Get to know the community that your school serves – it will give you an invaluable insight into the lives your students lead.

19. Be kind to yourself.

I gave myself ‘Self-Care Sunday’ every weekend. This meant turning off my phone…running a bath…putting a Lush bath bomb in and something on iPlayer before switching off for a few hours. It’s important that you do these things to keep everything in perspective.

You’ll probably get ill in the half-terms until you’ve built up some sort of iron-fenced immunity so top yourself up with vitamins, eat well and keep hydrated! Hand sanitiser is also incredibly handy (punny, I know).

20. Join Twitter!

There are so many fantastic little pockets of EduTwitter. There are colleagues who have been teaching for years, members of SLT (Senior Leadership Team), NQTs (Newly Qualified Teachers), RQTs (Recently Qualified Teachers) and policy makers. The level of support is fabulous and most are very generous with sharing resources.

I would advise you create a professional Twitter account should any scallywags find your #LoveIsland tweets.

21. Enjoy it!

You are joining an incredible profession where no two days are the same. It will be a rollercoaster. It will be hard but we do it because it is hard. We do it because it is worth it. Hold onto those moments because they provide some light in the darker moments.

 

Introductory Lessons

It seems that I was unaware that introductory lessons were a bit like marmite. People seem to either love them or hate them. I have to say that I err on the side of love for this one. Especially as a young, new and somewhat naïve teacher, I think they are a fantastic way to get to know the students & promote reading in the classroom at the same time. They can also directly feed into your SoW for those who may feel it is a waste of a lesson otherwise.

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I personally like to take a ‘My Life in Books’ approach to these introductory lessons. They allow you to share as much or as little about yourself as you feel comfortable doing so. They allow pupils to tell you as much or as little about themselves as they feel comfortable doing so. It also doesn’t waste any lesson time as it is still encouraging pupils to think about English/literature/reading as a wider area of the curriculum. What could be better? Probably a lot of things but this is just one idea!

If you would like to use this, you can find my powerpoint on Dropbox from this link here.

10 Lessons I Learnt From Building My First Classroom.

I am fortunate enough to have been offered a permanent job at my main placement school from my Schools Direct course so I have been able to see my classroom and picture how I would like it to look come September for what feels like far too long. As part of getting my room ready, I have had a few wins and made one very big mistake.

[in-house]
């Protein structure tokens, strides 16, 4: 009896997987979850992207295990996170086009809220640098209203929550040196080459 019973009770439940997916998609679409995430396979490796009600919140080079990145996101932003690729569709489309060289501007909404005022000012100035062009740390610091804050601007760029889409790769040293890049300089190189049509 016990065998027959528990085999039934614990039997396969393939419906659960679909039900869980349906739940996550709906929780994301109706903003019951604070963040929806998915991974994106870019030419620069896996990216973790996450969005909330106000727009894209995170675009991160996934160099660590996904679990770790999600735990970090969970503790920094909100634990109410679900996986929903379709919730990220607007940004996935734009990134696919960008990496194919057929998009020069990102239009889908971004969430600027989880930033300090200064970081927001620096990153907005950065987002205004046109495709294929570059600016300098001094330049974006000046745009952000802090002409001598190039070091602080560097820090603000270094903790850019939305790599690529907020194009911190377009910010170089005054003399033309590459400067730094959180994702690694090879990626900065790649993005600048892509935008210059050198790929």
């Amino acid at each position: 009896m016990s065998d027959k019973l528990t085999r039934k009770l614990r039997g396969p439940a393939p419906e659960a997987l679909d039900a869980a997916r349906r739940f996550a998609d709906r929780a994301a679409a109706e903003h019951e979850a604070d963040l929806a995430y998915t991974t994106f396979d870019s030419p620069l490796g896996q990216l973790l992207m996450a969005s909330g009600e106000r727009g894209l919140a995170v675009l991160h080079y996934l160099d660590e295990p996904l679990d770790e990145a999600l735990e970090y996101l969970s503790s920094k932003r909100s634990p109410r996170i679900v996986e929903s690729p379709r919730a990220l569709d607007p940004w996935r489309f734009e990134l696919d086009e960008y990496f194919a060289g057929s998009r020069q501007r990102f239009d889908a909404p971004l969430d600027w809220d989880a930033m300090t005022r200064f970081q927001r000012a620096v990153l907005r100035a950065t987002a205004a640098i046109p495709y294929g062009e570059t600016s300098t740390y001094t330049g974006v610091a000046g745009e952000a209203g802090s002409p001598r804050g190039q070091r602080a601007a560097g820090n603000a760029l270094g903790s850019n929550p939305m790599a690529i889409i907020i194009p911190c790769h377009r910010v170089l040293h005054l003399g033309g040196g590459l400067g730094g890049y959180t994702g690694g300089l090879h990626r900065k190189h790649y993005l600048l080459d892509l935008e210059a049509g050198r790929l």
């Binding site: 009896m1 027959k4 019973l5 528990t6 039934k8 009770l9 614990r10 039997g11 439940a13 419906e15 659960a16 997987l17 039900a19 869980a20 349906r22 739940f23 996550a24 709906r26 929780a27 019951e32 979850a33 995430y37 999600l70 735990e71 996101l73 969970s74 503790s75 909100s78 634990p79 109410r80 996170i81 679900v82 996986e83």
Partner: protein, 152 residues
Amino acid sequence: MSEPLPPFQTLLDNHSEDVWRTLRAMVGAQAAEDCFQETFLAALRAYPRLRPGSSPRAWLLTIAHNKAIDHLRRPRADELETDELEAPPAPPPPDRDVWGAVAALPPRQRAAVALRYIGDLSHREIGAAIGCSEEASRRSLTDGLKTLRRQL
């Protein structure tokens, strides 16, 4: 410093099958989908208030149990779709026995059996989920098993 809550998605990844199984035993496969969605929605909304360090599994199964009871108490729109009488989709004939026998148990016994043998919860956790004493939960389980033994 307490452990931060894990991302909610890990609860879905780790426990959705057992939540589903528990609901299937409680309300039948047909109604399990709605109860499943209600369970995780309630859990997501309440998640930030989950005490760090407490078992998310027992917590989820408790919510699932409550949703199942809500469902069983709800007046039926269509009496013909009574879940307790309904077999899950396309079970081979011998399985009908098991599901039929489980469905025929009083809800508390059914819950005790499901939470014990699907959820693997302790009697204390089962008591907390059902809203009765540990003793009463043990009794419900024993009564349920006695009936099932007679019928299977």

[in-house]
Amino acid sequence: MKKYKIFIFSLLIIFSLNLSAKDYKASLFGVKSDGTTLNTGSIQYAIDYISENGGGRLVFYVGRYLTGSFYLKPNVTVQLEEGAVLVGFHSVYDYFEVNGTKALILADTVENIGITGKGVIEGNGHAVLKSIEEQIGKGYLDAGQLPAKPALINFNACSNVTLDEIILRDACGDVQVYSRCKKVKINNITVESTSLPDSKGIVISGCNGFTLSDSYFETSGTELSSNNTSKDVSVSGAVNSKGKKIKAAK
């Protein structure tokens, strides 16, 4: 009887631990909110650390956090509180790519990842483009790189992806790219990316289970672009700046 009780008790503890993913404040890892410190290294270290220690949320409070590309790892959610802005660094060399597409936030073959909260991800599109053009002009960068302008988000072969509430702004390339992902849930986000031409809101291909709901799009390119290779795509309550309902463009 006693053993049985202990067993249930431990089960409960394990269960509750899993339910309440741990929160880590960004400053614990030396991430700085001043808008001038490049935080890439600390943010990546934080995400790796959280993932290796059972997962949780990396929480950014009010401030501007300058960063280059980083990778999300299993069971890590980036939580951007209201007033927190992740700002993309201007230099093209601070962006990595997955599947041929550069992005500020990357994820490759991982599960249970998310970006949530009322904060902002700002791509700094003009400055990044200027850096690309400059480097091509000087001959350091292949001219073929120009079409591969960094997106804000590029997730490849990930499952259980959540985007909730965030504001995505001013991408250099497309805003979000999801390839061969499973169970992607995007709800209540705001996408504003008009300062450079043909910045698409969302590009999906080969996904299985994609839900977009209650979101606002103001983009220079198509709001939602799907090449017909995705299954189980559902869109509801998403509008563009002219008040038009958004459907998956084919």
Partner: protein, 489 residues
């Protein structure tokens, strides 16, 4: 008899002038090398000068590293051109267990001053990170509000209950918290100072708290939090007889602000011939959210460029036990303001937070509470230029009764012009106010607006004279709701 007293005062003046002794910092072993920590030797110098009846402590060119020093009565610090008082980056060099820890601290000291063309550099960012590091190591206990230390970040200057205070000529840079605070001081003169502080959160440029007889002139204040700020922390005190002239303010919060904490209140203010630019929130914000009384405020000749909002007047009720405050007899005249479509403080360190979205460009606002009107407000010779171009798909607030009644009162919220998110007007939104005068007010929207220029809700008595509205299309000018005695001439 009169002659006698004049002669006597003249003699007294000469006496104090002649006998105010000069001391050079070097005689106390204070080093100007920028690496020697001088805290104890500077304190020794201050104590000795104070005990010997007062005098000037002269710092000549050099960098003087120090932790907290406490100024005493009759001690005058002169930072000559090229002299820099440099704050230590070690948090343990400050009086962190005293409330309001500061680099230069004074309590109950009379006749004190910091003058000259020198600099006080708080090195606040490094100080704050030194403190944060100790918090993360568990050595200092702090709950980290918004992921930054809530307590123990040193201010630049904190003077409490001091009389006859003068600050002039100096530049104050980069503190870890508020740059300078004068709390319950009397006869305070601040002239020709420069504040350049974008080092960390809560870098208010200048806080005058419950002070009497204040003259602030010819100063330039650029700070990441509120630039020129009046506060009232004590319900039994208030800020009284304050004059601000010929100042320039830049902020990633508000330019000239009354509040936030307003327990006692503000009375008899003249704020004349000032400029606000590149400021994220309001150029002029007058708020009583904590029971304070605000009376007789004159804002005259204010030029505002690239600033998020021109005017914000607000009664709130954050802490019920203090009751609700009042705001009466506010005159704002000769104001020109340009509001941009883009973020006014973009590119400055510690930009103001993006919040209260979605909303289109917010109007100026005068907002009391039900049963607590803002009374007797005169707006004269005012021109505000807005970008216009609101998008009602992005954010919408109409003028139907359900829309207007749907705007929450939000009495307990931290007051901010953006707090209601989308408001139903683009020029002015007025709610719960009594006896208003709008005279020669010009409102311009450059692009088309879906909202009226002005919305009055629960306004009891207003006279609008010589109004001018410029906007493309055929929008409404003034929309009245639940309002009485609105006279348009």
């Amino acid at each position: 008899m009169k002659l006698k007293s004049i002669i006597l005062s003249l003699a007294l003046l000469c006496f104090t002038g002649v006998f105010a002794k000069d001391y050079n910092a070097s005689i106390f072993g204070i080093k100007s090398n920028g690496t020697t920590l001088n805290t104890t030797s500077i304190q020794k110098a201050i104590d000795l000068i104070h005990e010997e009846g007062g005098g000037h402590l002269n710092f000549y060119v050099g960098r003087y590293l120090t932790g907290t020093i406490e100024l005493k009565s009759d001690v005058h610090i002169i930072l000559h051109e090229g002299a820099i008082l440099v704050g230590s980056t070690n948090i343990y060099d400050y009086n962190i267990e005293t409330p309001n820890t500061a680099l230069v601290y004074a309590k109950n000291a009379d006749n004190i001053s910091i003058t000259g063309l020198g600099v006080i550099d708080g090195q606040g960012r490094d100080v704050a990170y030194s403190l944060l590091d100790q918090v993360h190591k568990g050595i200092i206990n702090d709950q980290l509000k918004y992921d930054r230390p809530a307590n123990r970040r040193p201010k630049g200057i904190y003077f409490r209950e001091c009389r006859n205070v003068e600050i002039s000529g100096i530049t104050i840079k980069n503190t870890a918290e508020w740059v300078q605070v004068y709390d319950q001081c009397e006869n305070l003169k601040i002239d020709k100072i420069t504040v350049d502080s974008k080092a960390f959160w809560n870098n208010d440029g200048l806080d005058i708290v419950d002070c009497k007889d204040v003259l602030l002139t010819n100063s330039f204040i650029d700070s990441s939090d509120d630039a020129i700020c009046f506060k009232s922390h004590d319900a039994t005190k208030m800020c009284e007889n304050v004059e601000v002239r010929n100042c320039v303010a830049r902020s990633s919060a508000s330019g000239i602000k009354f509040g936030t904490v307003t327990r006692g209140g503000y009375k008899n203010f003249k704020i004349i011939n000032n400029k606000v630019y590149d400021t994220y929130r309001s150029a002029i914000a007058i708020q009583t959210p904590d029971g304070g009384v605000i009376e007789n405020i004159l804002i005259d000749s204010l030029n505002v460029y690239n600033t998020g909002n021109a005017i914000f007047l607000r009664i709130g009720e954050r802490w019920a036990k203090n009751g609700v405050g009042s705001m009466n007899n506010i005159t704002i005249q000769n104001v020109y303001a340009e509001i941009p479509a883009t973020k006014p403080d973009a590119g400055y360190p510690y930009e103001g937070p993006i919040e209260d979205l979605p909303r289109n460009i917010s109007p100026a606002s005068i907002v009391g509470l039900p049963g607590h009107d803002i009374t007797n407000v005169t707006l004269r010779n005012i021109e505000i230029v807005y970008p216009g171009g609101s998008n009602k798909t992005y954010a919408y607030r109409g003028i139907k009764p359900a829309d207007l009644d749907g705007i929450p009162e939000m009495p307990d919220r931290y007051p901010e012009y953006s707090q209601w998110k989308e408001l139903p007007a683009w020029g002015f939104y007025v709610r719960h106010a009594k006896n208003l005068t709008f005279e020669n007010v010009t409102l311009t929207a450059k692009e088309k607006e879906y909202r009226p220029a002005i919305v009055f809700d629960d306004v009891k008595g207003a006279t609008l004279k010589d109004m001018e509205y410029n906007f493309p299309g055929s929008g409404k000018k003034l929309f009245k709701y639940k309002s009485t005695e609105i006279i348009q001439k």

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Lesson #1: Teachers are territorial beings.

After being a total nomad for a year and staking a claim on one corner of the staff room for all of my teaching files, resources and other tidbits…I was told which room would be mine next year. I had been teaching in that room for a couple of lessons here and there and could easily envisage where I wanted various displays and resources etc.

However, I forgot to consider my colleague who had recently returned from maternity leave who had had that room for the last couple of years. Unfortunately, she is being moved to another classroom on the other side of the school in September and understandably is rather perturbed. I got over-excited in the last week of term & began to put displays up on empty boards, and dispose of the old croissant behind the bookshelf. Yet, I forgot to think about the impact on my colleague who was in the process of great change in her working life & being the careless kitten (see: over-eager trainee teacher) I am, I stepped on her toes. Fortunately, I work with some amazing people and this lady in particular is a real bloody gem. We talked about it and worked it all out but I felt mortified when I thought about what I’d done.

So when it comes to moving yourself in, don’t forget to wait until someone has moved out.

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Lesson #2: Enlist the help of loved ones.

On the first day of my Schools Direct course, my tutor addressed the cohort and stated, “if you currently have a partner, you won’t be together by July due to the stress of this course; it will drive you apart.” Determined and stubborn enough to prove them wrong we didn’t just stay together…we got engaged!

So, what did I get him to do on our first day off together of the summer? Come in and rearrange the classroom, of course! He was fantastic, as always, and came up with a great seating layout for the room. It was also great to have a fresh pair of eyes in there to see how things worked, to foresee any possible issues or just give a bit of encouragement.

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Lesson #3: Think about what matters to you.